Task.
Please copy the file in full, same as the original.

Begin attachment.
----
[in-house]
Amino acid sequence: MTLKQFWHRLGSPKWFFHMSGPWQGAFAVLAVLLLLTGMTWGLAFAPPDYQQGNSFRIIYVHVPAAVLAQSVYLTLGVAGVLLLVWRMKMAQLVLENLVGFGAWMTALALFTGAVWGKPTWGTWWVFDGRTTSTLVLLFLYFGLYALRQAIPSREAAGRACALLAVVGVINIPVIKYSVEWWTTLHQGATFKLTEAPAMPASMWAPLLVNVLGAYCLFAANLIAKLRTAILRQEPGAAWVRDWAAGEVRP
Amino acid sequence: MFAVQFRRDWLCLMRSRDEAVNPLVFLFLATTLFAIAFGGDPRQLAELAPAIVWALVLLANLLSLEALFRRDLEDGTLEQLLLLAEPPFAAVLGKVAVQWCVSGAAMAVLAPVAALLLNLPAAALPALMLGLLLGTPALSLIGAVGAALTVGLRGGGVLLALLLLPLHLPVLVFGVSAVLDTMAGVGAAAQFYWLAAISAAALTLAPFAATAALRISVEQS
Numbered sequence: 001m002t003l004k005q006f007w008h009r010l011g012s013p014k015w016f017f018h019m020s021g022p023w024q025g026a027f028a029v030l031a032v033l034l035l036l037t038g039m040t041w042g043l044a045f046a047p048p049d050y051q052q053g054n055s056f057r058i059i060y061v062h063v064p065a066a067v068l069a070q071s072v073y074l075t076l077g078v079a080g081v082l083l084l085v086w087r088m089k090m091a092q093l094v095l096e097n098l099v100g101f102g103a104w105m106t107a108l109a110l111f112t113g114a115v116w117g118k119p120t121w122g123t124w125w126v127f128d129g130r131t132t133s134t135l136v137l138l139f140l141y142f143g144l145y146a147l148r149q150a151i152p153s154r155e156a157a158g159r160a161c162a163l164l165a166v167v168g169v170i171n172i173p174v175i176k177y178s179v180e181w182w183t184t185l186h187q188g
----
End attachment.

[in-house]
Amino acid sequence: MTLKQFWHRLGSPKWFFHMSGPWQGAFAVLAVLLLLTGMTWGLAFAPPDYQQGNSFRIIYVHVPAAVLAQSVYLTLGVAGVLLLVWRMKMAQLVLENLVGFGAWMTALALFTGAVWGKPTWGTWWVFDGRTTSTLVLLFLYFGLYALRQAIPSREAAGRACALLAVVGVINIPVIKYSVEWWTTLHQGATFKLTEAPAMPASMWAPLLVNVLGAYCLFAANLIAKLRTAILRQEPGAAWVRDWAAGEVRP
Amino acid sequence: MFAVQFRRDWLCLMRSRDEAVNPLVFLFLATTLFAIAFGGDPRQLAELAPAIVWALVLLANLLSLEALFRRDLEDGTLEQLLLLAEPPFAAVLGKVAVQWCVSGAAMAVLAPVAALLLNLPAAALPALMLGLLLGTPALSLIGAVGAALTVGLRGGGVLLALLLLPLHLPVLVFGVSAVLDTMAGVGAAAQFYWLAAISAAALTLAPFAATAALRISVEQS
Numbered sequence: 001m002t003l004k005q006f007w008h009r010l011g012s013p014k015w016f017f018h019m020s021g022p023w024q025g026a027f028a029v030l031a032v033l034l035l036l037t038g039m040t041w042g043l044a045f046a047p048p049d050y051q052q053g054n055s056f057r058i059i060y061v062h063v064p065a066a067v068l069a070q071s072v073y074l075t076l077g078v079a080g081v082l083l084l085v086w087r088m089k090m091a092q093l094v095l096e097n098l099v100g101f102g103a104w105m106t107a108l109a110l111f112t113g114a115v116w117g118k119p120t121w122g123t124w125w126v127f128d129g130r131t132t133s134t135l136v137l138l139f140l141y142f143g144l145y146a147l148r149q150a151i152p153s154r155e156a157a158g159r160a161c162a163l164l165a166v167v168g169v170i171n172i173p174v175i176k177y178s179v180e181w182w183t184t185l186h187q188g